Volvo Truck Engines Running Dirtier Than They're Supposed To

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Trouble ahead for one of the world's biggest truck manufacturers.

With plug-in hybrids like the XC90 T8 Twin Engine, Volvo has made strides to render its automobiles more environmentally friendly. And so has its namesake former sister company. But the truck manufacturer has run into some trouble on that front.

According to Reuters, the Volvo Group has discovered that the engines in some of its trucks and buses could be polluting far more than expected. The two companies (which share the same name, logo, typeface, home base, and even museum) were once under common ownership, but today stand as separate entities.

The problem reportedly comes down to a particulate filter that Volvo Trucks sources from an outside (but unnamed) supplier. Apparently the filter, which is designed to reduce the engine's carbon emissions, works fine when the machinery is new, but can degrade at a faster rate than expected, resulting in higher emissions than permitted.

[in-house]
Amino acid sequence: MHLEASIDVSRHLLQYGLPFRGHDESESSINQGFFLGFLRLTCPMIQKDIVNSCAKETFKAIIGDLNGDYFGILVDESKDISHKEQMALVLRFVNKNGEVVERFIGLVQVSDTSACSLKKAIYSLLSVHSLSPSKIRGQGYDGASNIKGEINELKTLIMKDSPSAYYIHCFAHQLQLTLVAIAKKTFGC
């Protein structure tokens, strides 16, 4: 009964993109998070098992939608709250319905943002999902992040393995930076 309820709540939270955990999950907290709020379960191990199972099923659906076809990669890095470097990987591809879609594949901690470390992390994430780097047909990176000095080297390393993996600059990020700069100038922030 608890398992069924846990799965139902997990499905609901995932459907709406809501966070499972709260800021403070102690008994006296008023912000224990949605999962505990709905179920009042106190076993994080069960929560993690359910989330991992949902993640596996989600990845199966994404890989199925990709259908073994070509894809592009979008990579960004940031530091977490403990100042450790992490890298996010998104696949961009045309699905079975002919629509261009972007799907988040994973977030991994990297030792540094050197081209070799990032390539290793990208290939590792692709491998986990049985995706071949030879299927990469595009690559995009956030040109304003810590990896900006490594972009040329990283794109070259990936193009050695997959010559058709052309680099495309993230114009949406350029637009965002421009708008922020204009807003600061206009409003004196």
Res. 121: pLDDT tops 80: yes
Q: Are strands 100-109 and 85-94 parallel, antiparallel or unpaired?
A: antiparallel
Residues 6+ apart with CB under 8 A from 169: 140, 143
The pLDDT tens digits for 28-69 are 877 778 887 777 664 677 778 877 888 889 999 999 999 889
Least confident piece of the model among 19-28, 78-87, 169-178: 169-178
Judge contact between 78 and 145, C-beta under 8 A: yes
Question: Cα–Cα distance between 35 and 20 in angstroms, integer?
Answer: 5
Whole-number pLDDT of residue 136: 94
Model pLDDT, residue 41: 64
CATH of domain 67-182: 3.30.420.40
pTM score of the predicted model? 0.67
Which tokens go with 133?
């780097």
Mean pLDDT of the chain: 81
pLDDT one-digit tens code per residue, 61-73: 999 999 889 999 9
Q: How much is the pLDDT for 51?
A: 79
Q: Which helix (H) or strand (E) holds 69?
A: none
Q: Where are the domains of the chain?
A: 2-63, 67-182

"In certain applications when the engine is not running hot enough you get condensation water in there and that causes this problem," Volvo Group spokesman Anders Christensson told Reuters. "You get a warning signal in the dashboard saying you're running above nitrogen oxide levels."

The issue seems similar – at least on the surface – to the Dieselgate scandal that has rocked the rival Volkswagen Group. But unlike that debacle, Volvo hasn't designed its engines to pollute more and hide their emissions from regulators.

The issue is particularly problematic in North America and Europe, which not only stand as the manufacturer's largest markets, but have the strictest regulations. No recalls have yet been announced, but the cost of repairing the trucks and buses with the affected engines could turn out to be quite substantial for one of the world's largest manufacturers of trucks and buses.

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